Although the EFF was among the few tech-focused groups when it formed, many other organizations now complement it.
The Center for Democracy and Technology, or CDT, formed by former EFF staffers in the rift over its role in lobbying, is housed in Washington and tackles issues before Congress and federal agencies.
The ACLU also became active in technology and led the online pornography lawsuits. In challenging the Bush administration's domestic-surveillance program, the ACLU sued the government, while the EFF sued AT&T.
The EFF's nonlitigation projects include ongoing funding for the Tor system for anonymous online communications and research last year exposing tracking codes embedded in color laser printers. Its staffers also testify at public hearings; one took part in an electronic-voting task force that released a report on security in late June.
But the bulk of the work is legal — 60 percent to 70 percent, Steele estimated.
That focus has left the group open to criticisms that by refusing to play the Washington game of compromising, its views are idealistic and sometimes extremist.
"They are the lawyers for the open vision of the Internet," said Peter Swire, the Clinton administration privacy counselor who sometimes tussled with the EFF. "They are the Left Coast advocacy group."
Companies targeted by the EFF say the group appears overly skeptical of intellectual property and the free market.
Paul Ryan, whose Acacia Research Corp. the EFF cited for "crimes against the public domain" for claiming patents on streaming media, said the EFF ignores the fact that without patent protection, companies have less incentive to innovate.
The EFF also has faced criticisms that, despite its many victories, its losses can establish legal precedents that make subsequent cases harder to win. In the file-sharing case, the EFF won twice in lower courts, but the Supreme Court narrowed a 1984 ruling that technology shouldn't automatically be barred because it had illegal uses.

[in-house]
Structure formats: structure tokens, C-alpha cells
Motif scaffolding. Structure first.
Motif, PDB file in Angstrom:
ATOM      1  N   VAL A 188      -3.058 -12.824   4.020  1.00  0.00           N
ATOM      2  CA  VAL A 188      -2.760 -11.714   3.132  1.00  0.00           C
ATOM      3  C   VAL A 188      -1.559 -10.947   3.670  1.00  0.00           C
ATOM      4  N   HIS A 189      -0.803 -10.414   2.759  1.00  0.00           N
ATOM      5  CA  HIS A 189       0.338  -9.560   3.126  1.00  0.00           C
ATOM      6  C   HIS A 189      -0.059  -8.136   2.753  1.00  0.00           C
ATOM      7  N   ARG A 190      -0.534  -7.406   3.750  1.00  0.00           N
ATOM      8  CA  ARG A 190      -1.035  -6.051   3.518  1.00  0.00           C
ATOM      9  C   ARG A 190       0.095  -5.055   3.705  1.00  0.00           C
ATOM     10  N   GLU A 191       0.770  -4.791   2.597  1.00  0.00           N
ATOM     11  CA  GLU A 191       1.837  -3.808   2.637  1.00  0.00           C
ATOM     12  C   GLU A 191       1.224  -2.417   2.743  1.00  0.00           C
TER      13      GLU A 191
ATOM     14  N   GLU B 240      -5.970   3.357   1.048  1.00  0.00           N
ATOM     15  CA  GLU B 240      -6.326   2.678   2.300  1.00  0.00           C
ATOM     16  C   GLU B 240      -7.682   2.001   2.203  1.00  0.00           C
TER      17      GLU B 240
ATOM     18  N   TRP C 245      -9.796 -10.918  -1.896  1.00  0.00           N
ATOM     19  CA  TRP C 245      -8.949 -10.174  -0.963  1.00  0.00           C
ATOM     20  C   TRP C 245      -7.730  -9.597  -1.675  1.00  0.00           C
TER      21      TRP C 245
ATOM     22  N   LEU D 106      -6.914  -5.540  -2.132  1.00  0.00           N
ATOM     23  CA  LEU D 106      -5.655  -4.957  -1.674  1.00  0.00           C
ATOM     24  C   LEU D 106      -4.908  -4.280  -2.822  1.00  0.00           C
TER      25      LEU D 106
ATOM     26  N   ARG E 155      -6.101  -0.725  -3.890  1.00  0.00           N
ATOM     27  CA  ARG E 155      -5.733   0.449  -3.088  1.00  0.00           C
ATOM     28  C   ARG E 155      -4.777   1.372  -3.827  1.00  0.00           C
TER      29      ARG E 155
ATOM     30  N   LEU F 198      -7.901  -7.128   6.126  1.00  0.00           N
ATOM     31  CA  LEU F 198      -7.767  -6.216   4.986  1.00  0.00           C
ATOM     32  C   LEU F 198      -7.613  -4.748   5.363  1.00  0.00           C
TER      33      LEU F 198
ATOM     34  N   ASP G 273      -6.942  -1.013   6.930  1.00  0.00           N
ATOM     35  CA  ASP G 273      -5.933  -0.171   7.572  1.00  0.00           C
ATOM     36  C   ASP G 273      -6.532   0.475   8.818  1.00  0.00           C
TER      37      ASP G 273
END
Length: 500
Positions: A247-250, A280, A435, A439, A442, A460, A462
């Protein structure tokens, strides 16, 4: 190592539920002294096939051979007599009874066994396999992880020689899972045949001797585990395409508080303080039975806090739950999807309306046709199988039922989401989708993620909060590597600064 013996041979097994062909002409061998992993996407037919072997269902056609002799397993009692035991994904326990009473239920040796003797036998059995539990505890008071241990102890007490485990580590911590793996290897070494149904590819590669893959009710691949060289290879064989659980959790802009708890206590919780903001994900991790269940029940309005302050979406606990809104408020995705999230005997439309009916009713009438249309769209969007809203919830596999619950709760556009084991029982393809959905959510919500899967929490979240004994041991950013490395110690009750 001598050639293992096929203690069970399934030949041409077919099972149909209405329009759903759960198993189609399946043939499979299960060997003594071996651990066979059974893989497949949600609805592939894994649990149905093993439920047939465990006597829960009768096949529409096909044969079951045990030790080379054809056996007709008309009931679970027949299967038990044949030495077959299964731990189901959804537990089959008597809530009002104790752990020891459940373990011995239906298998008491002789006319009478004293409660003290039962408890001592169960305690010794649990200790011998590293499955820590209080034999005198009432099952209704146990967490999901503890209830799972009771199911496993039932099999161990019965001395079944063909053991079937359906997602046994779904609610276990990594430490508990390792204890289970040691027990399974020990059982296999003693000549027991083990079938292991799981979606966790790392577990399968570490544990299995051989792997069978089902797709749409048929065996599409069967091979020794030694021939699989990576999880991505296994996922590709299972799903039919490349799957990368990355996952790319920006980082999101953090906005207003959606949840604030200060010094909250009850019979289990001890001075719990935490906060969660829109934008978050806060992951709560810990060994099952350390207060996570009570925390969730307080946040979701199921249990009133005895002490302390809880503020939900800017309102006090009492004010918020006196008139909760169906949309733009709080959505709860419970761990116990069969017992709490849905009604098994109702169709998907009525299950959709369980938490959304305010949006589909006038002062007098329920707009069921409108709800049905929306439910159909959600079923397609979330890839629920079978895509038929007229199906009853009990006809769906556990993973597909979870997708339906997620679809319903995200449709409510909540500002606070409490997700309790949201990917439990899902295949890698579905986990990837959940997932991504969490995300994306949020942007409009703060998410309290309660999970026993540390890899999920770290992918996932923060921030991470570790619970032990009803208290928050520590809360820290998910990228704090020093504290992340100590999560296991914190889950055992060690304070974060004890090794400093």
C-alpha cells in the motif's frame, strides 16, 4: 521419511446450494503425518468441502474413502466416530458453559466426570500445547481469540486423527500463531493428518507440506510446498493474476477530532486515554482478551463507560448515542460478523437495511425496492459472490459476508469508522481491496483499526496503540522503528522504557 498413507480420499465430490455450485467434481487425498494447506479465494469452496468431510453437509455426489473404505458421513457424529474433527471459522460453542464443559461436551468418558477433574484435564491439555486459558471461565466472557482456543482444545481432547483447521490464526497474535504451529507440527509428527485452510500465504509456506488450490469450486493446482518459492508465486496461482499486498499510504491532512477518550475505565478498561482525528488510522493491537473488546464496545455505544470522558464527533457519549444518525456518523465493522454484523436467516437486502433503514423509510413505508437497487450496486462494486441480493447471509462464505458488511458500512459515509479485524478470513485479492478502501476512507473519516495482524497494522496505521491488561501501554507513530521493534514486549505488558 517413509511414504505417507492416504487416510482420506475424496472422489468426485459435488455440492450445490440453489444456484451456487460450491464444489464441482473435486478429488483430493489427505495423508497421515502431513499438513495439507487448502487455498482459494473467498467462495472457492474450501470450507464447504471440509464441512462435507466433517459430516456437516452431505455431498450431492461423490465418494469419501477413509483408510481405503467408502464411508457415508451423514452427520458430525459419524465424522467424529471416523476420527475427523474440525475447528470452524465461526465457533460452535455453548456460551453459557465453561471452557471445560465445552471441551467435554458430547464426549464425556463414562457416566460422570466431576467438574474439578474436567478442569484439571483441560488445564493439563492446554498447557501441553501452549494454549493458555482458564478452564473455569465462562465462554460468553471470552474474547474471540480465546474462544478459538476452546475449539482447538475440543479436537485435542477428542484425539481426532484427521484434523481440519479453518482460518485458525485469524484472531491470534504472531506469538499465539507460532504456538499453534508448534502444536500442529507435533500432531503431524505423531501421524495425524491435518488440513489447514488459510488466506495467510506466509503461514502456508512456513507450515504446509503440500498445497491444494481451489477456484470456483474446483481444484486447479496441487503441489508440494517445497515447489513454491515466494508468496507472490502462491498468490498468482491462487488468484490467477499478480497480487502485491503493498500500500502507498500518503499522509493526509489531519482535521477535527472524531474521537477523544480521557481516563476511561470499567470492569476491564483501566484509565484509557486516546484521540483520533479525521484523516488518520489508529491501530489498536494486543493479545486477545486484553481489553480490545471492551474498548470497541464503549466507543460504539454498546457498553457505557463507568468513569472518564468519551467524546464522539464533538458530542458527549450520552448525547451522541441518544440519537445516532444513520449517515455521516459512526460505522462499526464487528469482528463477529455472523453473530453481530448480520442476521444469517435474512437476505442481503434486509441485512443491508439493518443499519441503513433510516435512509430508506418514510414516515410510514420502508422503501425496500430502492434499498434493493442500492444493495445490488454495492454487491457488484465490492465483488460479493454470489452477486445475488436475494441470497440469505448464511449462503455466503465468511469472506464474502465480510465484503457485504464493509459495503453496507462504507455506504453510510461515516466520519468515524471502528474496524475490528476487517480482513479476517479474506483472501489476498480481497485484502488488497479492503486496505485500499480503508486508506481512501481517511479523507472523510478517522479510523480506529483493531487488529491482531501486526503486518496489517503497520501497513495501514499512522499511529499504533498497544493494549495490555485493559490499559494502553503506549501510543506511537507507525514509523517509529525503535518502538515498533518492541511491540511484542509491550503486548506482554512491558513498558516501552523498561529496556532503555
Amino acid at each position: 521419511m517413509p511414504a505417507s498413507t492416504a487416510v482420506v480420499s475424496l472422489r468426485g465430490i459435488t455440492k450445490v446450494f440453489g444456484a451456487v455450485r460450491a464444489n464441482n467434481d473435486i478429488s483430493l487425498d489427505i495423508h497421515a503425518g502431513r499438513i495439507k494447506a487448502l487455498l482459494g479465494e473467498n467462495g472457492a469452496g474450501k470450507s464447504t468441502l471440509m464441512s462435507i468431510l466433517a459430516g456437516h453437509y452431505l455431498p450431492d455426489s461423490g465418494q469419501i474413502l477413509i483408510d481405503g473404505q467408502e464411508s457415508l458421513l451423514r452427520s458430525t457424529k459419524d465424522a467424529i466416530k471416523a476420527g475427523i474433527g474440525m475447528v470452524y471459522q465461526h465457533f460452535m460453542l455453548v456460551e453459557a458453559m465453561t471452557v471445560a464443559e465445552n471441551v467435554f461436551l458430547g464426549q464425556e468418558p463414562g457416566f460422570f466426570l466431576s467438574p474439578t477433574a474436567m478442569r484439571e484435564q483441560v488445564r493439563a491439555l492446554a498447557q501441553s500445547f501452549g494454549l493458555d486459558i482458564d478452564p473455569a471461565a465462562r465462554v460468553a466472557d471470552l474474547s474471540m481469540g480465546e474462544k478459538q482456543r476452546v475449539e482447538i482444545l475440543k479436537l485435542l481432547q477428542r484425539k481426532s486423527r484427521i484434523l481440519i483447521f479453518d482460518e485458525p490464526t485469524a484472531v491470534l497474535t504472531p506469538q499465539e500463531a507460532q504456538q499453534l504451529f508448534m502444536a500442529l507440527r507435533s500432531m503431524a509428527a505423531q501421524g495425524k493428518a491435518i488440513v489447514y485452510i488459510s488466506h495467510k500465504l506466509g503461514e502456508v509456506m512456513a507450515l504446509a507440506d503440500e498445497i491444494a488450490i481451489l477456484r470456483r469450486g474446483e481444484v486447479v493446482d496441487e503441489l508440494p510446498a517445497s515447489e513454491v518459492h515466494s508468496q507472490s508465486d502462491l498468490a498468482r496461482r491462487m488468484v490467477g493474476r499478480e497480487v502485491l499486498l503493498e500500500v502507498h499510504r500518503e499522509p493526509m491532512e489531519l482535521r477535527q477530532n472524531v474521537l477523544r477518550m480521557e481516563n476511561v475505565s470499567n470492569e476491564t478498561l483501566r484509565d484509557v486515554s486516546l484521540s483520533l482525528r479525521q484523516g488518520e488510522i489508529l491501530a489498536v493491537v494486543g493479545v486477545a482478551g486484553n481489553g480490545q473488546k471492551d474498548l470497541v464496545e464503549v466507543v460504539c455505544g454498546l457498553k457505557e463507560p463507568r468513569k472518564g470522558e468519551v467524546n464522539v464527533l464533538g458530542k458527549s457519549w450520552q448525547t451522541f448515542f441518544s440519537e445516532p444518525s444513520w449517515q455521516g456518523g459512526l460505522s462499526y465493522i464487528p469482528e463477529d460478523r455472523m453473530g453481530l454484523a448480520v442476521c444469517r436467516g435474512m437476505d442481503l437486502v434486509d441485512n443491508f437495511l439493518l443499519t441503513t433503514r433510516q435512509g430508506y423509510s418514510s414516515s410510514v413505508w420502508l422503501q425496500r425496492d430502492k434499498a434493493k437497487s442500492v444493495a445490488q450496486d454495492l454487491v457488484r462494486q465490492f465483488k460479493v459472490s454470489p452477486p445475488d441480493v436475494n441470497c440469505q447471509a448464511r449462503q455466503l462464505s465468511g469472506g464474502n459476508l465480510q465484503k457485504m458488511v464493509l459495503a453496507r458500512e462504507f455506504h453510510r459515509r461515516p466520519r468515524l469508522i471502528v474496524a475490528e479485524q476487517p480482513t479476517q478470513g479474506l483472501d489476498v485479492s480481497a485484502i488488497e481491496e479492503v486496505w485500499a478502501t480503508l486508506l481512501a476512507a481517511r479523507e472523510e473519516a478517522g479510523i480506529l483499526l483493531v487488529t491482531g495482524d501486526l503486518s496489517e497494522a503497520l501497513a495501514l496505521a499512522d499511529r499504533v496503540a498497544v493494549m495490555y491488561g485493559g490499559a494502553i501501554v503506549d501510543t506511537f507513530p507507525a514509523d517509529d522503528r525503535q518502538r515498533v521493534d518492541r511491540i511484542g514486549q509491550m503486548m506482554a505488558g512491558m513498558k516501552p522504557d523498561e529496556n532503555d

"The decision to expend energy on cases and in some sense to work to get them to the Supreme Court is to really gamble with the outcome," said Danny Weitzner, who left EFF in 1994 to help form the rival CDT.
He said the EFF should have waited for a better case, so that the high court wouldn't be "deciding about whether kids could steal music."
EFF attorneys say that they can't always wait for the perfect case and could at least prevent a worse ruling.
Others say that by refusing to take risks, no rights will be left.
"People will always second guess what you do," said Lee Tien, an EFF attorney active in the AT&T lawsuit. "If you're going to be afraid to complain about something wrong, you deserve to have wrongdoing done to you."
The EFF continues to tackle issues like anonymity, electronic voting, patents and copyright, but the Sept. 11 attacks nearly five years ago have forced the EFF to spend more time on surveillance.
It has sought to require more evidence before law enforcement can legally track people's locations by their cell phones, and in January the group sued AT&T, saying the San Antonio-based company violated U.S. law and the privacy of its customers. AT&T and NSA officials declined comment for this article.
The AT&T lawsuit already has generate grassroots momentum for the group, which gets the bulk of its $2.5 million budget from individuals. About 1,400 joined the EFF and sent in contributions after the EFF sent a mid-May appeal that cited the AT&T case. The group now has about 11,500 dues-paying members.
Basic online rights are more established today than when the EFF formed, but EFF legal director Cindy Cohn said there's no shortage of cutting-edge cases.
"We're not near the end of the digital revolution in terms of new technology being rolled out," she said. "Just because some stuff is mainstream, there's still a lot of stuff coming down the road to raise new issues or raise old issues over again in slightly new ways."
The EFF, she said, remains committed to fighting the battles "nobody's talking about yet."